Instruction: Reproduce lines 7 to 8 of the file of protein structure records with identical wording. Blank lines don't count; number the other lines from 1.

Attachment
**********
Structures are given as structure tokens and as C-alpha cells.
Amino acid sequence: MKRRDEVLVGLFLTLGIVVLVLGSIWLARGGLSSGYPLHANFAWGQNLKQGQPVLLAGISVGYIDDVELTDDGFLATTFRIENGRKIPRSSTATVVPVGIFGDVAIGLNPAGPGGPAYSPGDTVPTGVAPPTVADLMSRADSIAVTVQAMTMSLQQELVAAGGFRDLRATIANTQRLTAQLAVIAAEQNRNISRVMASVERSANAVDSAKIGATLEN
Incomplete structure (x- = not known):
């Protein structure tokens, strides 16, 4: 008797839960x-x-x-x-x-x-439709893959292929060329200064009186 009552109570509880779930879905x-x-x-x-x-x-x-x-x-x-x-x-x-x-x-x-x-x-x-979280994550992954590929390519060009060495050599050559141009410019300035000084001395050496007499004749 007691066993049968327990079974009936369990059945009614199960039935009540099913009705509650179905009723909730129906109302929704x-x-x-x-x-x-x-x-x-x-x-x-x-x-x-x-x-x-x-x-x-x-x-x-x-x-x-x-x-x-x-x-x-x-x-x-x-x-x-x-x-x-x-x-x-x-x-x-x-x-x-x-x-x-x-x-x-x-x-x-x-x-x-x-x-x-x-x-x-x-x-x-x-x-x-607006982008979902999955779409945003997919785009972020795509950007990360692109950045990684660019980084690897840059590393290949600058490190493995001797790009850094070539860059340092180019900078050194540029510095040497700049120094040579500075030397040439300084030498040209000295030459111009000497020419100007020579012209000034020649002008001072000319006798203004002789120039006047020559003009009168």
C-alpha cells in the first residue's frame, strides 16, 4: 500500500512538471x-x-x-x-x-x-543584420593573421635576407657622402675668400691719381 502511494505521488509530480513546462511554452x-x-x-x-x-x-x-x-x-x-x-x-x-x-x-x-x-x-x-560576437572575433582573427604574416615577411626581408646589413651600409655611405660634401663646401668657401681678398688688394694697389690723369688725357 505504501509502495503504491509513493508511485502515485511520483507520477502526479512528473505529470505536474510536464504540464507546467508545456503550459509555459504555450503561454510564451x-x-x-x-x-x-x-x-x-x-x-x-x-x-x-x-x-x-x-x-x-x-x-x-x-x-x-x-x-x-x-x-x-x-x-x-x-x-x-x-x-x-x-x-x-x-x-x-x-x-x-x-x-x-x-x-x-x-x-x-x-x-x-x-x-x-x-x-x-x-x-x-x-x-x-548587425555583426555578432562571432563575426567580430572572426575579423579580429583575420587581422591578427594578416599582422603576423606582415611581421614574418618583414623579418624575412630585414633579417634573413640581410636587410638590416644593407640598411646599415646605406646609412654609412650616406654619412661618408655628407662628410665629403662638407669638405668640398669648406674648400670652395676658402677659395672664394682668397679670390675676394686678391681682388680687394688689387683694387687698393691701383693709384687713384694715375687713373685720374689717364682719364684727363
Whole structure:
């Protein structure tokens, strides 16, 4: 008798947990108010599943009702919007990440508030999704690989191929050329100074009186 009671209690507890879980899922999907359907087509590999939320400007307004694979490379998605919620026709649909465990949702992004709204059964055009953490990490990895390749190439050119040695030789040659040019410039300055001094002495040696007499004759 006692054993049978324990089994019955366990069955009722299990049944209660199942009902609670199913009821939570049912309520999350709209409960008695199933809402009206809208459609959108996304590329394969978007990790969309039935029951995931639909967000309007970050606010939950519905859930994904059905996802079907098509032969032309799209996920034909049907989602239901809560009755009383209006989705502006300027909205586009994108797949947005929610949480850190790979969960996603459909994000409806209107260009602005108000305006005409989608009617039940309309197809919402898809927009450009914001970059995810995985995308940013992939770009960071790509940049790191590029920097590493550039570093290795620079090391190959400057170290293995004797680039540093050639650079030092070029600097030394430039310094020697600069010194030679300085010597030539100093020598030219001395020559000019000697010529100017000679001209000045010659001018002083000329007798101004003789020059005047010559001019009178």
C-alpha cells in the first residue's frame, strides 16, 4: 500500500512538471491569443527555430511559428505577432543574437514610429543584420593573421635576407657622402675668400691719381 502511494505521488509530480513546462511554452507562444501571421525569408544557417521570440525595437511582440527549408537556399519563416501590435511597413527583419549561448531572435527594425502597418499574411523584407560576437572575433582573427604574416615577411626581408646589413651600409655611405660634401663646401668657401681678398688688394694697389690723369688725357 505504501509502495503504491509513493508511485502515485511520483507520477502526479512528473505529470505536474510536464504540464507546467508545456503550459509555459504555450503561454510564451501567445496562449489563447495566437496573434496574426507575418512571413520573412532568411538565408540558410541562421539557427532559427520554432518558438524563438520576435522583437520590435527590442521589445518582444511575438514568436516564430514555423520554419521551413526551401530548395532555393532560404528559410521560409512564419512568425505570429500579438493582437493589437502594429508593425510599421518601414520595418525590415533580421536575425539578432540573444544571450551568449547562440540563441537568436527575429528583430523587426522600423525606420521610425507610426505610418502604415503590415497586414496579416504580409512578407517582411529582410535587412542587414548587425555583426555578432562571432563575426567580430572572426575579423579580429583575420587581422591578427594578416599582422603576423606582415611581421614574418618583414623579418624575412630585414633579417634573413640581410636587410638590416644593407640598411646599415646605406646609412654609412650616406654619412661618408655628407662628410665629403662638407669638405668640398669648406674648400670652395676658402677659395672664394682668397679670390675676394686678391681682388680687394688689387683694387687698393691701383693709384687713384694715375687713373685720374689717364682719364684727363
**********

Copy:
């Protein structure tokens, strides 16, 4: 008798947990108010599943009702919007990440508030999704690989191929050329100074009186 009671209690507890879980899922999907359907087509590999939320400007307004694979490379998605919620026709649909465990949702992004709204059964055009953490990490990895390749190439050119040695030789040659040019410039300055001094002495040696007499004759 006692054993049978324990089994019955366990069955009722299990049944209660199942009902609670199913009821939570049912309520999350709209409960008695199933809402009206809208459609959108996304590329394969978007990790969309039935029951995931639909967000309007970050606010939950519905859930994904059905996802079907098509032969032309799209996920034909049907989602239901809560009755009383209006989705502006300027909205586009994108797949947005929610949480850190790979969960996603459909994000409806209107260009602005108000305006005409989608009617039940309309197809919402898809927009450009914001970059995810995985995308940013992939770009960071790509940049790191590029920097590493550039570093290795620079090391190959400057170290293995004797680039540093050639650079030092070029600097030394430039310094020697600069010194030679300085010597030539100093020598030219001395020559000019000697010529100017000679001209000045010659001018002083000329007798101004003789020059005047010559001019009178």
C-alpha cells in the first residue's frame, strides 16, 4: 500500500512538471491569443527555430511559428505577432543574437514610429543584420593573421635576407657622402675668400691719381 502511494505521488509530480513546462511554452507562444501571421525569408544557417521570440525595437511582440527549408537556399519563416501590435511597413527583419549561448531572435527594425502597418499574411523584407560576437572575433582573427604574416615577411626581408646589413651600409655611405660634401663646401668657401681678398688688394694697389690723369688725357 505504501509502495503504491509513493508511485502515485511520483507520477502526479512528473505529470505536474510536464504540464507546467508545456503550459509555459504555450503561454510564451501567445496562449489563447495566437496573434496574426507575418512571413520573412532568411538565408540558410541562421539557427532559427520554432518558438524563438520576435522583437520590435527590442521589445518582444511575438514568436516564430514555423520554419521551413526551401530548395532555393532560404528559410521560409512564419512568425505570429500579438493582437493589437502594429508593425510599421518601414520595418525590415533580421536575425539578432540573444544571450551568449547562440540563441537568436527575429528583430523587426522600423525606420521610425507610426505610418502604415503590415497586414496579416504580409512578407517582411529582410535587412542587414548587425555583426555578432562571432563575426567580430572572426575579423579580429583575420587581422591578427594578416599582422603576423606582415611581421614574418618583414623579418624575412630585414633579417634573413640581410636587410638590416644593407640598411646599415646605406646609412654609412650616406654619412661618408655628407662628410665629403662638407669638405668640398669648406674648400670652395676658402677659395672664394682668397679670390675676394686678391681682388680687394688689387683694387687698393691701383693709384687713384694715375687713373685720374689717364682719364684727363